Crafting Student Leaders – Part 3 of 5: Social Leadership

Cara Barker
This week, in the Morning Assembly—the daily meeting where Clairbourn students, staff, and parents gather to hear an inspiring message—the topic was the school’s new mission statement “Creating Scholars and Leaders with Heart.” The student presenters delivered the following message about the importance of student leadership prepared by foreign language and drama teacher Cara Barker. The Insights below are based on the work of DiSC and the work of psychologists David Merrill and Roger Reid, who in their book Personal Styles & Effective Performance identified four social styles: Analyticals, Drivers, Expressives and Amiables. 

Today we look at how the Social leader behaves. Social leaders befriend the members of a group and get to know them on a personal level. In showing genuine interest, they put people at ease and place a high priority on wellness and harmony within that group.

Social leaders communicate gently, usually asking more questions than providing answers. Social leaders are highly accommodating and are especially important to groups composed of varying personality types and whose members, without a safe or appropriate space in which to work, would be left either isolated, divided or feeling unappreciated.

Social leadership involves including, accommodating, and listening to others in a group.


Valuing cooperation, a Social leader might hold dear Jesus’ Golden Rule, “In everything, do to others what you would have them do to you.”

Social leaders often put their skills to use in people-pleasing jobs, such as guidance counselors or human resource managers. They must take care not to reject criticism outright, mistaking it for negativity, nor to avoid risk-taking, fearing that a particular outcome might upset the group. Since Social leaders value feelings over facts, it is especially important for them to prioritize goals in ways that include task completion.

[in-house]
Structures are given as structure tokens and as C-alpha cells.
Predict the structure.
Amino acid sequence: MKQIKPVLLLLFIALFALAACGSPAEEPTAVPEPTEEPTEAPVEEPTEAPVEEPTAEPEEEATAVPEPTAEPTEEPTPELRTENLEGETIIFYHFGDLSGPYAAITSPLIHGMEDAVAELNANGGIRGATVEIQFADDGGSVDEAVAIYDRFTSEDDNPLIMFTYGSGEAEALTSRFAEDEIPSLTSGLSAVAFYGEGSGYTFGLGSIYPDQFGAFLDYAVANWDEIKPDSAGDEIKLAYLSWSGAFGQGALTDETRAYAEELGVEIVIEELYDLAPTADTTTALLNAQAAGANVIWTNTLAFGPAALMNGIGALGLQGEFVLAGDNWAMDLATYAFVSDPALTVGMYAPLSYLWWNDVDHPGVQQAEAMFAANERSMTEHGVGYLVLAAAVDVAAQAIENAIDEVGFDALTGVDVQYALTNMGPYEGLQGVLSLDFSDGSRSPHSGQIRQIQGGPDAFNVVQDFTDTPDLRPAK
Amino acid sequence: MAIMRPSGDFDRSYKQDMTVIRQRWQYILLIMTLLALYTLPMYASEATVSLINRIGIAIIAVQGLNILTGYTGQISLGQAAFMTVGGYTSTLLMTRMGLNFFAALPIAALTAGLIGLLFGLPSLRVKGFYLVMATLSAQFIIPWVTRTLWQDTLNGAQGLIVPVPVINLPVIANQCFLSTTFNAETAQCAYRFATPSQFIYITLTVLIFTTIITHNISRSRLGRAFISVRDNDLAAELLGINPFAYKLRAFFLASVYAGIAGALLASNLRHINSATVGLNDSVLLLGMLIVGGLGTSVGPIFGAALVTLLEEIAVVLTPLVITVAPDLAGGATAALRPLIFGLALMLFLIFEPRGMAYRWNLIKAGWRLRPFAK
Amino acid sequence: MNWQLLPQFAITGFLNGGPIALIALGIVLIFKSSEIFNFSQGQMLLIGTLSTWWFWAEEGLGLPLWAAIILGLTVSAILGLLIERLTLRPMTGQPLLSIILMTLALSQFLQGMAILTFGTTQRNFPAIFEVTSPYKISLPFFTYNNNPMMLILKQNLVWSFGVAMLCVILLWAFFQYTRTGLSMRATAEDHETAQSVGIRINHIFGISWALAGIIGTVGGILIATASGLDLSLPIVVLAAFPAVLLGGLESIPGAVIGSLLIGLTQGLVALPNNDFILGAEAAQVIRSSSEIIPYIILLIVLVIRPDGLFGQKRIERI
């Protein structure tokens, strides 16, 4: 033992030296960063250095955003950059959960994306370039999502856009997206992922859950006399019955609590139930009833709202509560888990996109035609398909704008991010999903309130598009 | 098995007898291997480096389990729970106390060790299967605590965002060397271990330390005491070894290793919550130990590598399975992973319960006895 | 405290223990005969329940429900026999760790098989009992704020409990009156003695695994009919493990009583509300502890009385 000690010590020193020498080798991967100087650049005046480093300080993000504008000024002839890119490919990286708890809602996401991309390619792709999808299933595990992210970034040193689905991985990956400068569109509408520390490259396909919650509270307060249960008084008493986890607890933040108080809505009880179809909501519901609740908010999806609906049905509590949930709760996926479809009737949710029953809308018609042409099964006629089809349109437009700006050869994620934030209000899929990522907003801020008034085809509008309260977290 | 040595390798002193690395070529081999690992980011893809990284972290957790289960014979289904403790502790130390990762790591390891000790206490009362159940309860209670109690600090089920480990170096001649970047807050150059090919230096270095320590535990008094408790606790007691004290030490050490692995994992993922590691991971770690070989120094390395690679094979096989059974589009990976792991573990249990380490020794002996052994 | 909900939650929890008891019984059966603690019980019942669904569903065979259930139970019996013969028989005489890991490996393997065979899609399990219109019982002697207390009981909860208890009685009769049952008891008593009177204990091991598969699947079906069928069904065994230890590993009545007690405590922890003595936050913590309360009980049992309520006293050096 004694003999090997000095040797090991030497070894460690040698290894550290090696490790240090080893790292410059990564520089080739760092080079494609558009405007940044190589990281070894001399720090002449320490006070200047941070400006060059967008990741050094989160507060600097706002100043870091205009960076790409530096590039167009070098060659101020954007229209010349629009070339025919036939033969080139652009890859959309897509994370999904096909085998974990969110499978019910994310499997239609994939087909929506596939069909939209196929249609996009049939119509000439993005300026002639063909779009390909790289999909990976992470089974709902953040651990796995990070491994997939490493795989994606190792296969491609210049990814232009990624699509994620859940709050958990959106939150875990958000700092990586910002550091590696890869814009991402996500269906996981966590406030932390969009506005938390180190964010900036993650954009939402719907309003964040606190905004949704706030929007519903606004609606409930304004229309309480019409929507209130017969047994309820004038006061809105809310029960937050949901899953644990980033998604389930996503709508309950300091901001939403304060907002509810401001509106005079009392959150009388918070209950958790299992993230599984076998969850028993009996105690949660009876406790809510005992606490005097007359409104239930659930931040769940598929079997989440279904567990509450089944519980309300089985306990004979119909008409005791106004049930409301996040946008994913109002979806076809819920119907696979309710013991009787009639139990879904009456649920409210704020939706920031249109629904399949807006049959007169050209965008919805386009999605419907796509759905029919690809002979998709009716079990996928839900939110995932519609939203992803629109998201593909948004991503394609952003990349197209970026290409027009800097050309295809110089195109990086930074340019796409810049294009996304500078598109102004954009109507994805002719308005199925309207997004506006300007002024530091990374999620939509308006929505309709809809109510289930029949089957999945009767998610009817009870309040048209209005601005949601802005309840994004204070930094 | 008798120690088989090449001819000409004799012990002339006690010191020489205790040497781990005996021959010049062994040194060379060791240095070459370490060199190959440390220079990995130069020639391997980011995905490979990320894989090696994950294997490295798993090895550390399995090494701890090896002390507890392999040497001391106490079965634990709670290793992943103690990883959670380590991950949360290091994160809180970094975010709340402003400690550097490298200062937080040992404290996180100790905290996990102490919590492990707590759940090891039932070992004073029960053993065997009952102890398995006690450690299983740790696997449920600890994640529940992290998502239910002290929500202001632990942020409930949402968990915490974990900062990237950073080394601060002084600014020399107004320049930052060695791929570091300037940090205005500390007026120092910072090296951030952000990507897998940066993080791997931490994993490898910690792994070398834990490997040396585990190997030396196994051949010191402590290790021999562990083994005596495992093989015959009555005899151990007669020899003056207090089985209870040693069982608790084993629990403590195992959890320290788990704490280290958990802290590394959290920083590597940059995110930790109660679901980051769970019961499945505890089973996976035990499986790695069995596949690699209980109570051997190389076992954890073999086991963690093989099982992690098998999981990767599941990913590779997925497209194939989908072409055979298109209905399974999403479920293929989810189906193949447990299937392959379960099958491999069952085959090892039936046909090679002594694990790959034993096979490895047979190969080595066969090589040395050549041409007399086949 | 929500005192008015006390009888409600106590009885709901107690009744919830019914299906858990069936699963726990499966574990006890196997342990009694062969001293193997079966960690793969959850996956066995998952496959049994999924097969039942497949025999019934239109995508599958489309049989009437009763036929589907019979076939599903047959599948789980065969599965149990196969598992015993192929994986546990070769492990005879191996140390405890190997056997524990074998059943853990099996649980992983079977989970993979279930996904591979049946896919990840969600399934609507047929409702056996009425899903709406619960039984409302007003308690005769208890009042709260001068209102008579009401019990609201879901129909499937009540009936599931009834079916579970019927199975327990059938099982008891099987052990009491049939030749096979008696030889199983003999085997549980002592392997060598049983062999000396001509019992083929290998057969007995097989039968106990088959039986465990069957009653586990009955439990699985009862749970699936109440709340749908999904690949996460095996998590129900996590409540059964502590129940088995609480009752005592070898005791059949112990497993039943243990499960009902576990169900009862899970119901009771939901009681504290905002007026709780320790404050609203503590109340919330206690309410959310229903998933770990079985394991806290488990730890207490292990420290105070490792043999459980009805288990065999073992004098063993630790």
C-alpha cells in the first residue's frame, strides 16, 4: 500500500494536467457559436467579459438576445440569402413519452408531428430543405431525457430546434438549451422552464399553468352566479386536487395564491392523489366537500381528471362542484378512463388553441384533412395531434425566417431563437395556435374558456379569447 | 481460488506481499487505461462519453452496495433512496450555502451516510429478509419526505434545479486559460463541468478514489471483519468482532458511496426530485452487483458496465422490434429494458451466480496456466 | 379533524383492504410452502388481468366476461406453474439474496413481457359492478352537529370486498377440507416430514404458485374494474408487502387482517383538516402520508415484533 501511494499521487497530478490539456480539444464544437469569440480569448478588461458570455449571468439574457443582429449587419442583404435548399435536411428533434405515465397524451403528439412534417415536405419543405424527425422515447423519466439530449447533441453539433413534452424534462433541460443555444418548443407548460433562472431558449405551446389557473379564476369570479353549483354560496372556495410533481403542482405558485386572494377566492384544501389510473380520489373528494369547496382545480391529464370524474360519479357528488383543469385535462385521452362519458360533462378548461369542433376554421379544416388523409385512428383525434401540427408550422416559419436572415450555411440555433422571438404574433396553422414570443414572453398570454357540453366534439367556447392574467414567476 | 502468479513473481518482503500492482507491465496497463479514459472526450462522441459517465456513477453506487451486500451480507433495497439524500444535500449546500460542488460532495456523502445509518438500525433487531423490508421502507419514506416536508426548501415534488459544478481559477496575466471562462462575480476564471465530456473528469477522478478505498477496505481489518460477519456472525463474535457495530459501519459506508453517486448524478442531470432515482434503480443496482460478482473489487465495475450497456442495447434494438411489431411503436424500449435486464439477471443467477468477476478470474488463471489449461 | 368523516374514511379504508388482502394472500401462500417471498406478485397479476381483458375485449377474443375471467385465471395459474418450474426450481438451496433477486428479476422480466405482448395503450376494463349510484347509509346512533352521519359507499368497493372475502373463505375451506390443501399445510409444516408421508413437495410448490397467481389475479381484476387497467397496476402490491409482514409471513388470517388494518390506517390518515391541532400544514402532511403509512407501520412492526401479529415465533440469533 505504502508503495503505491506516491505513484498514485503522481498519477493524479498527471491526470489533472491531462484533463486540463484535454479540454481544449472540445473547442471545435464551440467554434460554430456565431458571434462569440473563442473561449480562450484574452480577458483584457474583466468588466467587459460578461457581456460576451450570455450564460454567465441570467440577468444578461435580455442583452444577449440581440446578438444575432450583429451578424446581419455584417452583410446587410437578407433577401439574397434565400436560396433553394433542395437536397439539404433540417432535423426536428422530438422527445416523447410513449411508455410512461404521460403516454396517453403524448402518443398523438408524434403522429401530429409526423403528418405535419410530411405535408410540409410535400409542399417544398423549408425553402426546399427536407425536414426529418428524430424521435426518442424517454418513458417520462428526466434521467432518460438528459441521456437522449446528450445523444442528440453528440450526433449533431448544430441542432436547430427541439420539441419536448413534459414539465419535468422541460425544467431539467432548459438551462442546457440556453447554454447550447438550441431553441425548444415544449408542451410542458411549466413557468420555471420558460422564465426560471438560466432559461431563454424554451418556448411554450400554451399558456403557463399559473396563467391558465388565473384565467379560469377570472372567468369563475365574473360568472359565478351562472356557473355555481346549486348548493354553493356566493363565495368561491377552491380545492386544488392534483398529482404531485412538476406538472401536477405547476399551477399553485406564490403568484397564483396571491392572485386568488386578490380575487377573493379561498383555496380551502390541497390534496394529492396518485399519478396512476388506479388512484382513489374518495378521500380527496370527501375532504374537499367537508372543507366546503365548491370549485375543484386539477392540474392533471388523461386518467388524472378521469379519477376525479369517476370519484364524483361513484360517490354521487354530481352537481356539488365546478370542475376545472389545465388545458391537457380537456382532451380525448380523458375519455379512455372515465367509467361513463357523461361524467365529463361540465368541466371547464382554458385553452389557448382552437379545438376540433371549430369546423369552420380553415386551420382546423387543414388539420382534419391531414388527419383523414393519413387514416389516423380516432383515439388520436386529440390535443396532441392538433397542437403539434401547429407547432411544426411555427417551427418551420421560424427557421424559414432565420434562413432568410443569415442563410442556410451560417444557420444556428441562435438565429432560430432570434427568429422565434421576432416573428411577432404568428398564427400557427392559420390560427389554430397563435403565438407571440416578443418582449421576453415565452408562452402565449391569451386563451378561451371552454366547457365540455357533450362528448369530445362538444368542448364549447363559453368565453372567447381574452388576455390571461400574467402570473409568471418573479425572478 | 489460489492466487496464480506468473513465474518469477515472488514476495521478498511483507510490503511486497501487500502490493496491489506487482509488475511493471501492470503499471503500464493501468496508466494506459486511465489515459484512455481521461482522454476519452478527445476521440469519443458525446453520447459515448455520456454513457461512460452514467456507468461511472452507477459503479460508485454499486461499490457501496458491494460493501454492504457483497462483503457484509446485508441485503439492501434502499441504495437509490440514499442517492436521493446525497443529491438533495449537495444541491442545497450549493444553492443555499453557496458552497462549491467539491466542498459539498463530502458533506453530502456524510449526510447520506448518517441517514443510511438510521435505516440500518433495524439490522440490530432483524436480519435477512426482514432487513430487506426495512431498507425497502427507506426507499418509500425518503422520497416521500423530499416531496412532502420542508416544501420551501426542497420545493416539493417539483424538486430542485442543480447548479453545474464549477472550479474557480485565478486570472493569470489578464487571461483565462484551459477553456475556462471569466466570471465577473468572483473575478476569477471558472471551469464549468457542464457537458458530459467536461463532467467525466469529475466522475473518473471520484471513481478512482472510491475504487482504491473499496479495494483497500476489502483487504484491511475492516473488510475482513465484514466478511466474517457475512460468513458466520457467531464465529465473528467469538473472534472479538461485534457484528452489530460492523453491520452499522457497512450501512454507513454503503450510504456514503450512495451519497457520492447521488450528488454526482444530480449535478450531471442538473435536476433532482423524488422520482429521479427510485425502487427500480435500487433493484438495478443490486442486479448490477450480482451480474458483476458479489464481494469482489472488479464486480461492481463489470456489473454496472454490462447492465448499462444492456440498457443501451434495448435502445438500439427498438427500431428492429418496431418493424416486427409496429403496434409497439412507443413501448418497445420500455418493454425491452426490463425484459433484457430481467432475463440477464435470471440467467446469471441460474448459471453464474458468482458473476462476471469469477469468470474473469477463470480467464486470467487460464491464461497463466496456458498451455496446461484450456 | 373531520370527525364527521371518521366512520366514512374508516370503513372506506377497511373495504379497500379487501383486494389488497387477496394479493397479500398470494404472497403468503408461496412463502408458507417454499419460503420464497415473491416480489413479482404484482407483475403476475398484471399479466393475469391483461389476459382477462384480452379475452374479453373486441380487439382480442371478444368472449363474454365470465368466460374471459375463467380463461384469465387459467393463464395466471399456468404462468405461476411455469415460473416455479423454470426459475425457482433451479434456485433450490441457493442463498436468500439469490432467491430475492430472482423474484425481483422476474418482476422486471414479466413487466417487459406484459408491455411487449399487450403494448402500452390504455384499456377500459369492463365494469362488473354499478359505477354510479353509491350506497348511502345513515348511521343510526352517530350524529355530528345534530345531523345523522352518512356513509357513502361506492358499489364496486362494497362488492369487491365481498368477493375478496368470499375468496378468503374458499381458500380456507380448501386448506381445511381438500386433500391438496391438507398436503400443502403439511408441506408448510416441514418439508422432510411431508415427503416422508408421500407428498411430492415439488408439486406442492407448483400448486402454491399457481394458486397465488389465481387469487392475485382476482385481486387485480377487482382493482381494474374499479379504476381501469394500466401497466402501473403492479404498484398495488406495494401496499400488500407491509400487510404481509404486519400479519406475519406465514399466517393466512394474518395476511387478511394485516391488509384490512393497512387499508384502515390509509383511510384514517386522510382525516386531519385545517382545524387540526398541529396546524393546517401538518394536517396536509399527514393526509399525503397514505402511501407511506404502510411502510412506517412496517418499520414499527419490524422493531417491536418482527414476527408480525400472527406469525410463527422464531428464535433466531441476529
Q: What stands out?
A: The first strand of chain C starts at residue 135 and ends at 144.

If you find yourself identifying as a Social leader, then you can practice your prioritization skills, choosing which activities need to be completed in which order. If you do so, then you will be exercising the type of leadership embodied in the Conscientious leader, which we will explore further tomorrow.

In closing, consider the words of poet and author Maya Angelou, recipient of the Presidential Medal of Freedom, “I’ve learned that people will forget what you’ve said, people will forget what you’ve done, but people will never forget how you have made them feel.”

Watch student presenters share a Chapel message at the daily Morning Assembly encouraging students to express social leadership as based on the school’s mission statement “Creating Scholars and Leaders with Heart.”

Part 1: Leadership Styles | Part 2: Driver Leadership | Part 3: Social Leadership | Part 4: Conscientious Leadership | Part 5: Enthusiast Leadership
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